Friday’s Feature: Angels and Demons in Anime

angela and sebastian

One thing all anime fans know is that if it exists as even a vague idea, somewhere, someone has made an anime about it. Probably more than one someone. So it shouldn’t come as any surprise that many stories in anime are built on some of the trappings from the Christian and Catholic church. While some of these stories might attempt something resembling a realistic representation, more often than not, in true anime fashion, an idea is borrowed and then it gets the full anime treatment. And while some people might dislike the way various religious icons and ideologies end up being represented, the end result has been a range of interesting stories that might not otherwise have existed.

Now using religious ideology as the basis of a story, or borrowing heavily from religious texts for characters, themes and ideas, is nothing new, there’s something quite interesting in the way anime tends to do it. With only around 1% of Japan actually identifying as Christian, writers can take quite a few more liberties with the subject matter they are borrowing from without as much fear of audience backlash as writers in more western countries. And while movies like Dogma and the like show that even western writers can get away with subverting the original message, there’s a much greater risk involved.


And while at some point I’d probably like to get more into the various influences of religion within anime narratives, today I’m really just wanting to look at how angels and demons have been represented in a small section of the medium. There are far too many stories that have borrowed these iconic characters to really generalise across the board, but there’s a definite trend that has surfaced in how angels and demons are being depicted.

The trend I really have noticed is that angels are getting a really bad reputation in a lot of these shows (a trend that also seems to be taking place in the west with fallen angels being a trend that bubbled up after the success of Twilight and the market over-saturated with vampire romance and so people jumped on the fallen angel bandwagon instead). While it might be a little earlier than that bubble, Angela/Ash from Black Butler is a prime example of the type of character and depiction that angels regularly get given.


Cruel, sadistic, and slightly crazy, Angela is very driven by her goals which may or may not have anything to do with a higher will power. Her actions are justified as righteous in her own mind even as they leave the audience wondering who the real demon in the show is. And that isn’t to say that Sebastian comes off looking saintly given his violent and predatory nature is well known. It’s just that when you compare him side by side with the angel there’s definitely a question of which one is supposed to be in the right. Even the neutral Grim Reapers end up siding against the angel toward the end of the season as their plan threatens to upset the balance of the world.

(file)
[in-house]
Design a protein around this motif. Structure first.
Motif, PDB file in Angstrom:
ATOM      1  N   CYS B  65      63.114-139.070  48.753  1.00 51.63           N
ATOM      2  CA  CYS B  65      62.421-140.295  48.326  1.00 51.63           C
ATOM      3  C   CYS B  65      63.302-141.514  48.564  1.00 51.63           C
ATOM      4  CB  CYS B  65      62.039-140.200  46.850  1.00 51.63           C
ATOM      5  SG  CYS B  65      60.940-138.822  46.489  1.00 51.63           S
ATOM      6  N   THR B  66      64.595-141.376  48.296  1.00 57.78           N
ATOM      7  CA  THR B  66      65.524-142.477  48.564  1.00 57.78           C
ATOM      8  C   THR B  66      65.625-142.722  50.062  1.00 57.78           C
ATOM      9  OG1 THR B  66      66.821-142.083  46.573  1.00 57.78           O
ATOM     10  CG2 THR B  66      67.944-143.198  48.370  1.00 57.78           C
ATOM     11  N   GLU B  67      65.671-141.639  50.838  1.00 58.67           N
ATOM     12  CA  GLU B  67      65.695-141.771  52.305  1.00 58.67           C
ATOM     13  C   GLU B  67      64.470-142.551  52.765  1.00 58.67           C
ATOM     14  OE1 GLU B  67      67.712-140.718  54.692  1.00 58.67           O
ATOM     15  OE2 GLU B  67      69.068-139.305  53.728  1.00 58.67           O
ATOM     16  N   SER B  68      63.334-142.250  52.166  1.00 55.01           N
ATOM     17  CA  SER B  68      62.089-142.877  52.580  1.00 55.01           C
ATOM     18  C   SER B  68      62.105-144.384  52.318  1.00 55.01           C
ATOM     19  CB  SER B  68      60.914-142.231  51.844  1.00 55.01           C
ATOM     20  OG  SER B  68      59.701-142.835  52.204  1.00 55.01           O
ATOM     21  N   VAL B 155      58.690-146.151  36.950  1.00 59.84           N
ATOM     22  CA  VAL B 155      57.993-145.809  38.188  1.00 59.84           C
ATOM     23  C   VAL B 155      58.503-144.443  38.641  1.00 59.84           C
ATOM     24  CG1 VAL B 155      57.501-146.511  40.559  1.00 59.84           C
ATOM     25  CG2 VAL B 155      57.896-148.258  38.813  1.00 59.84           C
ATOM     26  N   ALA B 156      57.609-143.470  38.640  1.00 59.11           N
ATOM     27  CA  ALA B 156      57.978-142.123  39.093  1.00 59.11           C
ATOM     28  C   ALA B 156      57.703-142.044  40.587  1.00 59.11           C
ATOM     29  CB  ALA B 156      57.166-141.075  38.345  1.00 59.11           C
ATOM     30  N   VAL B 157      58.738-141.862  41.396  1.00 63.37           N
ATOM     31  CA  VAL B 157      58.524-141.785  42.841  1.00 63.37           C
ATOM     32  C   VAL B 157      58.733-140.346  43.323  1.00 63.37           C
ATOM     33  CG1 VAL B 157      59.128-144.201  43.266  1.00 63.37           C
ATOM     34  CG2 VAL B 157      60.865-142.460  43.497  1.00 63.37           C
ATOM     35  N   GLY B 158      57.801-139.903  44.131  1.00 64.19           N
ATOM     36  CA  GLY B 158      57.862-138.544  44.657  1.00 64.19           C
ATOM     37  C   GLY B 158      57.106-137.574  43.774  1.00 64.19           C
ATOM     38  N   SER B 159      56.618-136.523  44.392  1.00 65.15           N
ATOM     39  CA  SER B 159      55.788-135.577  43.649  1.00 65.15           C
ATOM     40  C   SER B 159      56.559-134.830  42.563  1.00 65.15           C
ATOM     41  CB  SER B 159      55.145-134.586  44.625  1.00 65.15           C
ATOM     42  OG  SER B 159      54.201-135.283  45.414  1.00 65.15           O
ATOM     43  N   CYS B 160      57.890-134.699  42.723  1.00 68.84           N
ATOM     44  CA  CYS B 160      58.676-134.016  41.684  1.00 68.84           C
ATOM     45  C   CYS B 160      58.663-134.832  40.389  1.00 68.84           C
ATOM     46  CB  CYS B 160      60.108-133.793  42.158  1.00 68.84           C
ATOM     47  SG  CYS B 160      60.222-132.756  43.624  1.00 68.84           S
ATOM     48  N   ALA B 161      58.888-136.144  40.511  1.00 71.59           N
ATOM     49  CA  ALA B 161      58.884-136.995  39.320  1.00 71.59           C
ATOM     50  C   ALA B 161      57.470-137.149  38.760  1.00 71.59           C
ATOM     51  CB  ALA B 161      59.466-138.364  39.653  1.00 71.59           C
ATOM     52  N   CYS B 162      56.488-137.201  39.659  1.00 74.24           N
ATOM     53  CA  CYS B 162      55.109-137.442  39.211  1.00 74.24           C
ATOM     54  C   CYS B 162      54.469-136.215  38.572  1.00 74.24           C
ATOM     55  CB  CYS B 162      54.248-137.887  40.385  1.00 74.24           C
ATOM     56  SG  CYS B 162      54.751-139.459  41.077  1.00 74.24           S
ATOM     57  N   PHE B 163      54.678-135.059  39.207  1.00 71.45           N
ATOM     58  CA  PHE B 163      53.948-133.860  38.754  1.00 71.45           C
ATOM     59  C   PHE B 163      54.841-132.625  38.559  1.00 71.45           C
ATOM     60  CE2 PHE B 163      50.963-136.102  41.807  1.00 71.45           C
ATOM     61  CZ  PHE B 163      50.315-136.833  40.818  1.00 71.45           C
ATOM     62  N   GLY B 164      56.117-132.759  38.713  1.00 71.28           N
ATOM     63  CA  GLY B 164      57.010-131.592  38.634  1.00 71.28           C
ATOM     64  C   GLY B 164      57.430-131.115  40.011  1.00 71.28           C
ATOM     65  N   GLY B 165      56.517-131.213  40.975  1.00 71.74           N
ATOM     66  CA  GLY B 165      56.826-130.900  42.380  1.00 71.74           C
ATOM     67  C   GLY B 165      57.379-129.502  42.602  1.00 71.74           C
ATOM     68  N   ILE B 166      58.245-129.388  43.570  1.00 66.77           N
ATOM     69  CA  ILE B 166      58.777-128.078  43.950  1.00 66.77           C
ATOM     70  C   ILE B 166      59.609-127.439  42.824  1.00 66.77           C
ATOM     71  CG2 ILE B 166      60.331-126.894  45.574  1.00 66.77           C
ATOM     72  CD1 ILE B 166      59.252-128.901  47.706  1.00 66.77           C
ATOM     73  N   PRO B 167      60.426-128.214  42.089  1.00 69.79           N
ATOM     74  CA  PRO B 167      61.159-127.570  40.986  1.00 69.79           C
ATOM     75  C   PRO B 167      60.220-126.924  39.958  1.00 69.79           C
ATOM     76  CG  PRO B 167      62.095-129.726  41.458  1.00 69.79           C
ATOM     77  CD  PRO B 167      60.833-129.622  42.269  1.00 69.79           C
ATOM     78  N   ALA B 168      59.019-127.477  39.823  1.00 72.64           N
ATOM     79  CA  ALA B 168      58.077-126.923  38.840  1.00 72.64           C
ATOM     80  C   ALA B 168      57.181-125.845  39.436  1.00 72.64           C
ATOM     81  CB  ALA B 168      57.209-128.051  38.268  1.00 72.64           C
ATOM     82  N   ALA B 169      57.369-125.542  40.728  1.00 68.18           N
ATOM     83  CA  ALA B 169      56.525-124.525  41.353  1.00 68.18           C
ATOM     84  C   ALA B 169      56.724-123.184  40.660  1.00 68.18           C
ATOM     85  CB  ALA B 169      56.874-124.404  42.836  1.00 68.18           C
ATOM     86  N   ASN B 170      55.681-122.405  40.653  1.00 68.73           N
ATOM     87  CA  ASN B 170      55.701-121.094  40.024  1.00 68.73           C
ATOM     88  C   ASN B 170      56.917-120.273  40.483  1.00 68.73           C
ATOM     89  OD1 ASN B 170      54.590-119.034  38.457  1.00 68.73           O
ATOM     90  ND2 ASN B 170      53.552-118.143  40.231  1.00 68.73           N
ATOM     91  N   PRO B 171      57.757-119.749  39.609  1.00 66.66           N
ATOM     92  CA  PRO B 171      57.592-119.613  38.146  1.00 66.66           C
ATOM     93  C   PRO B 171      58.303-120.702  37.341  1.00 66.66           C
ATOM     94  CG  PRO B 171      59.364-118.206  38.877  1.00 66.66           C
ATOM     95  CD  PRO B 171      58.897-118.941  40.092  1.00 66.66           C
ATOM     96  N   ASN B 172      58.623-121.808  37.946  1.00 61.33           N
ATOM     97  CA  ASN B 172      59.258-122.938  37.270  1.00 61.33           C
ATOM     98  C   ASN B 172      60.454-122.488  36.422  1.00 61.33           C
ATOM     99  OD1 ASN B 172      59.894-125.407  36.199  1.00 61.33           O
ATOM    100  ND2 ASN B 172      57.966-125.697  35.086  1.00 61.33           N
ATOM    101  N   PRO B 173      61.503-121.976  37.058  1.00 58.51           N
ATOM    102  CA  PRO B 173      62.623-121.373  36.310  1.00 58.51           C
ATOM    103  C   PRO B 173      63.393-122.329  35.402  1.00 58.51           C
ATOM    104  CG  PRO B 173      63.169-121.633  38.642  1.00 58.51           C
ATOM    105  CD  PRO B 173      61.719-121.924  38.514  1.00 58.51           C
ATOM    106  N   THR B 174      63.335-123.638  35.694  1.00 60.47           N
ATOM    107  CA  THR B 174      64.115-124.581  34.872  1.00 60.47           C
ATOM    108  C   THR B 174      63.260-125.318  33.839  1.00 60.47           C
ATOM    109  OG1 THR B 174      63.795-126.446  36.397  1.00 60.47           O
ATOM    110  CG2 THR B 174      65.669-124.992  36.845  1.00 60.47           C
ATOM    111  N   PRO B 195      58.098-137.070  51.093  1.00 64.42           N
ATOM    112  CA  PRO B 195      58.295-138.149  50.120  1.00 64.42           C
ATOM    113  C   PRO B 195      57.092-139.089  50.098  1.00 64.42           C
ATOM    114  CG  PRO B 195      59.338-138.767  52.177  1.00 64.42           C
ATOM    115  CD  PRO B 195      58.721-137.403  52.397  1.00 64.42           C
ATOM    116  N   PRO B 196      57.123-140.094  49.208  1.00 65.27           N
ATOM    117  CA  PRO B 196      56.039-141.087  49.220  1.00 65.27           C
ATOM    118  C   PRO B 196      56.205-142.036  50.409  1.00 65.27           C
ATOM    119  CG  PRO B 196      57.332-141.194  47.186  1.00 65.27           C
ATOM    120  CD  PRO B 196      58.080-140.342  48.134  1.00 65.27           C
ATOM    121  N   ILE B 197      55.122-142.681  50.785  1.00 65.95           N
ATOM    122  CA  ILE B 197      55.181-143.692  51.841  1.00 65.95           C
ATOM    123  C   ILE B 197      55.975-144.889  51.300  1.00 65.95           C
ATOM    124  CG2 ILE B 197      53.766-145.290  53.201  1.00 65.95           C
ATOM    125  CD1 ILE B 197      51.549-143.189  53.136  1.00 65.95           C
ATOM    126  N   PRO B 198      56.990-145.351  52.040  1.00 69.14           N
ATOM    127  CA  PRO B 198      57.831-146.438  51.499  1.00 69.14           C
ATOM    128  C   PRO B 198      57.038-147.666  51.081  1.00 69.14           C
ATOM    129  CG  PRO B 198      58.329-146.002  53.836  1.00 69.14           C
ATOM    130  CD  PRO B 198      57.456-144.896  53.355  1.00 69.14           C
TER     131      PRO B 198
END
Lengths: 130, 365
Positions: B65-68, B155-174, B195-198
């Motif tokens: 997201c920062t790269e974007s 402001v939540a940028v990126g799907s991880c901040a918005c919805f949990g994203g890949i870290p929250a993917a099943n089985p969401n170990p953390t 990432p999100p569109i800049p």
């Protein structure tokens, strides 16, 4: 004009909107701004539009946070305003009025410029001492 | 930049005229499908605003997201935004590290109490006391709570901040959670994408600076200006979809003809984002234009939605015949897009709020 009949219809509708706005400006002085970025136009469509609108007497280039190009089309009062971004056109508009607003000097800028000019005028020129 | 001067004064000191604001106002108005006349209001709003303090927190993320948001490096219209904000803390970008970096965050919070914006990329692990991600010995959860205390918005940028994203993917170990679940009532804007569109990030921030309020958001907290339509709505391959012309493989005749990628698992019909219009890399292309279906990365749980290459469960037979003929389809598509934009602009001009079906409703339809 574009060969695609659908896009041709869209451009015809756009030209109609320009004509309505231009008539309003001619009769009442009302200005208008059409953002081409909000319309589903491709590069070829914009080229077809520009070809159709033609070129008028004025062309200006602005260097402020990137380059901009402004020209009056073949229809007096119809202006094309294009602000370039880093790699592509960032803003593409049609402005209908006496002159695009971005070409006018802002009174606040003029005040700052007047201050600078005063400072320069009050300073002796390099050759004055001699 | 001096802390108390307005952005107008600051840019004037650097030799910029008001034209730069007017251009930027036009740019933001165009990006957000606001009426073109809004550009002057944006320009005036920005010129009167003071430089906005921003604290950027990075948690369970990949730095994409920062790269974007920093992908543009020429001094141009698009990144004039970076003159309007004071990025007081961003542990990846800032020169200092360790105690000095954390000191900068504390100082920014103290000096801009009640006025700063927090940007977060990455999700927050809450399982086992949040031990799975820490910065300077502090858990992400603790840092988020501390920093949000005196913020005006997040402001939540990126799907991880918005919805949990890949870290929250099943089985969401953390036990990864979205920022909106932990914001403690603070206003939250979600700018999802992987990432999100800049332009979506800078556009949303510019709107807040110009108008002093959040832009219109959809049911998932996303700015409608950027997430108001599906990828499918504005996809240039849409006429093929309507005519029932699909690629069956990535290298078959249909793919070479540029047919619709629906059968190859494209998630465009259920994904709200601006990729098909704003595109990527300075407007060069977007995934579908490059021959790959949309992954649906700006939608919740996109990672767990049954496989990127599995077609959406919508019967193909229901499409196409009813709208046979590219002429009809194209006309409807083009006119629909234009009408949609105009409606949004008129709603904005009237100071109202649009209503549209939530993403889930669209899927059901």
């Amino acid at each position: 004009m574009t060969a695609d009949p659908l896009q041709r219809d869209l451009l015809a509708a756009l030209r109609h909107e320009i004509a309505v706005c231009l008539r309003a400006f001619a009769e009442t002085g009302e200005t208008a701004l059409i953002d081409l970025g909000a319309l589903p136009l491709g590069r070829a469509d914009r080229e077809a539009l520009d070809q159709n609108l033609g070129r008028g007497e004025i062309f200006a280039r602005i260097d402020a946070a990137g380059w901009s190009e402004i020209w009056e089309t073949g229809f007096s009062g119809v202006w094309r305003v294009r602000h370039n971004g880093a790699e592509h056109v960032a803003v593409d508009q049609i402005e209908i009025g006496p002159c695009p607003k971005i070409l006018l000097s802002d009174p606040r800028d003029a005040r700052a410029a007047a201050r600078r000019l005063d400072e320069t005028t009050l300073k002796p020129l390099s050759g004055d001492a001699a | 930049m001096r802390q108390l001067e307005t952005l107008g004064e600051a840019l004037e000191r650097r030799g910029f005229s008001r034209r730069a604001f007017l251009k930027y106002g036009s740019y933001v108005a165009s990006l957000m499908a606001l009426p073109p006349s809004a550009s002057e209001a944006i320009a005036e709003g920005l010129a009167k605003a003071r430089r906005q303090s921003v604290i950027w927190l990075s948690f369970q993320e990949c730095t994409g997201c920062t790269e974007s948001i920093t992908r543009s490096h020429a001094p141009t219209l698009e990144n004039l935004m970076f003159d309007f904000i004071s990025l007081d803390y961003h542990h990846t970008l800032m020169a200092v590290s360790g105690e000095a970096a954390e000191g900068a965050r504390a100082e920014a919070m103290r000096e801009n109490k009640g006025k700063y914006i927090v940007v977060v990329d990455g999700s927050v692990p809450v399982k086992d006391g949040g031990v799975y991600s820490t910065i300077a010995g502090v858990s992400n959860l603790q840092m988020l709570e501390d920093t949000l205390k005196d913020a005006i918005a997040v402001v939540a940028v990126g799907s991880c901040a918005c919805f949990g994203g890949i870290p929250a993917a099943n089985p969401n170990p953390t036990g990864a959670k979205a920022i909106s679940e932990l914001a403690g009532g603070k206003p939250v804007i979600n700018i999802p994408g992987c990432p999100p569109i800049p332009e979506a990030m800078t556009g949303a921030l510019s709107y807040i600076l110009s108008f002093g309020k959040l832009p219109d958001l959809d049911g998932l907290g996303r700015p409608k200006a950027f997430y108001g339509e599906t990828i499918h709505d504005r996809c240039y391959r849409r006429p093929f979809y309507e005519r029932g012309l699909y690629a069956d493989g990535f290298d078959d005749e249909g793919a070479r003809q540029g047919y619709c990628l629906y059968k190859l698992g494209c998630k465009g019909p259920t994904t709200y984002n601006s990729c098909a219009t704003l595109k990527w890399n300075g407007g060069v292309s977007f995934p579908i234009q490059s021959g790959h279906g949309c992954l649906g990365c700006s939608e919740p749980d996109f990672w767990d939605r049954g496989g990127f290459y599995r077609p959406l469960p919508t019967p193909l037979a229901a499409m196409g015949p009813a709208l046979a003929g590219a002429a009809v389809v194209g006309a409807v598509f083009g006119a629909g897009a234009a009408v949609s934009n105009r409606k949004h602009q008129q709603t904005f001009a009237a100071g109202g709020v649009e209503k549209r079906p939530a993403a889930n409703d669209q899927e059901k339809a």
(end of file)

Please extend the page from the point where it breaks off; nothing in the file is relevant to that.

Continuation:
If we look at something more recent and comical, Gabriel Drop Out gives us essentially a lazy, drop-out of an angel who’s inherent good nature is so easily corrupted by the pleasures of earth (gaming) and very quickly abandons her original mission. While I didn’t get far into the series, I found this to be an interesting depiction of an angel. It didn’t paint Gabriel into shades of gray, but simply had her become a slacker, which really doesn’t fit with the image of an angel but at the same time didn’t necessarily make her bad either. Throw in the fact that the ‘demonic’ characters in the show seemed to be genuinely sweet and there’s a mess of ideologies going on here that are played for laughs and humour but have probably strayed a fair way from the borrowed religious themes.

Even The Devil is a Part Timer works on subverting the audience’s expectations. It sets up a standard Satan versus Hero situation and Lord Satan (Maou) is corrupt and trying to take over the world. There’s no question of his evil nature in the first episode or of the hero’s righteousness. However, as the series progresses, Emi (the Hero), resorts to stalking, petty rumour spreading, jealousy, and other underhanded tactics while Maou pretty much conforms to the new world’s rules and laws. We also learn that Emi is part angel which begins to subvert the idea of what an angel is before Mitsuki shows up.


Despite being an angel, Mitsuki is very much on par with Angela from Black Butler. He kidnaps characters, he tortures them while laughing about it, he’s petty and vindictive, and ultimately he’s overwhelmed by the power of Maou. And at that point no one feels even slightly sorry for him because he’s a complete an absolute jerk who totally had it coming.

One anime that takes a different approach is Angel beats where Angel (or Tachibana) is originally portrayed as a cold and efficient killer, but later it is realised she is acting in the best interest of others she’s just a really, really bad communicator and no one had ever taken the time to ask her what she was doing. Turns out she isn’t an angel anyway which kind of makes the title of the show a bit odd (unless you count the fact that the computer program she’s using to generate some of her weapons is called Angel Player). Ultimately though, Tachibana is actually trying to help the other students live a happy school life, make peace with their previous life, and move on. Which is probably the most angelic sounding character I’ve mentioned so far.

Angel Beats

Demons in anime go anywhere from being mindless beasts hell-bent on destruction, to articulate and savvy romantic interests. The defining trait of being evil is questionable in most of these characters and a lot of them are portrayed as being very human or having very human motivations. And regularly there is no connection between demons and any specific religion as they come across more as random monsters then creatures from the pits of hell. Frequently demonic characters are ones a human audience can sympathise with. It’s an interesting trend though it does make you wonder where all the ‘evil’ demons went. You know, the ones that actually wanted to devour human souls and lead us into ruin.